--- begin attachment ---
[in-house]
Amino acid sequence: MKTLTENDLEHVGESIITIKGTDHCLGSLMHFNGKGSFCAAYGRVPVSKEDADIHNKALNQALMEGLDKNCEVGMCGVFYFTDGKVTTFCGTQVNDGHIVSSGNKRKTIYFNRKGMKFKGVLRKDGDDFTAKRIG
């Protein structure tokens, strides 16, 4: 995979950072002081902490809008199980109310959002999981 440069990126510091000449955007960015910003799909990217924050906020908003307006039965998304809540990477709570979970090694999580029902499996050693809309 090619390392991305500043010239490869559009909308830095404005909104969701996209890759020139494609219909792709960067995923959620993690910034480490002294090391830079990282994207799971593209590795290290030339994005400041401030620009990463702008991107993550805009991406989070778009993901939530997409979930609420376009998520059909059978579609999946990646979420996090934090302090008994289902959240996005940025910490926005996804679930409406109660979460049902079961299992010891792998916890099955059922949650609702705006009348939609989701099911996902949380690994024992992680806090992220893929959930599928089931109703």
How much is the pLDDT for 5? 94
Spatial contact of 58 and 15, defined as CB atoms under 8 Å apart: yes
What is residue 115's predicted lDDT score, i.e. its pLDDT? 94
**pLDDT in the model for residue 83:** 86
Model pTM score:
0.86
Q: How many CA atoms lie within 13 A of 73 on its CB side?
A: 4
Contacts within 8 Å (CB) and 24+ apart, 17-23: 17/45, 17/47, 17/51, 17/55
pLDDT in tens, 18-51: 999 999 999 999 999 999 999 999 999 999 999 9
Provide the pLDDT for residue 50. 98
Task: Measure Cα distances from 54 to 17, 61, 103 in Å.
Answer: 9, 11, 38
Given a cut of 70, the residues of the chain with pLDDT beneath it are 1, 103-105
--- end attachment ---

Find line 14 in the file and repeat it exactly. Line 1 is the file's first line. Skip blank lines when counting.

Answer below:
Provide the pLDDT for residue 50. 98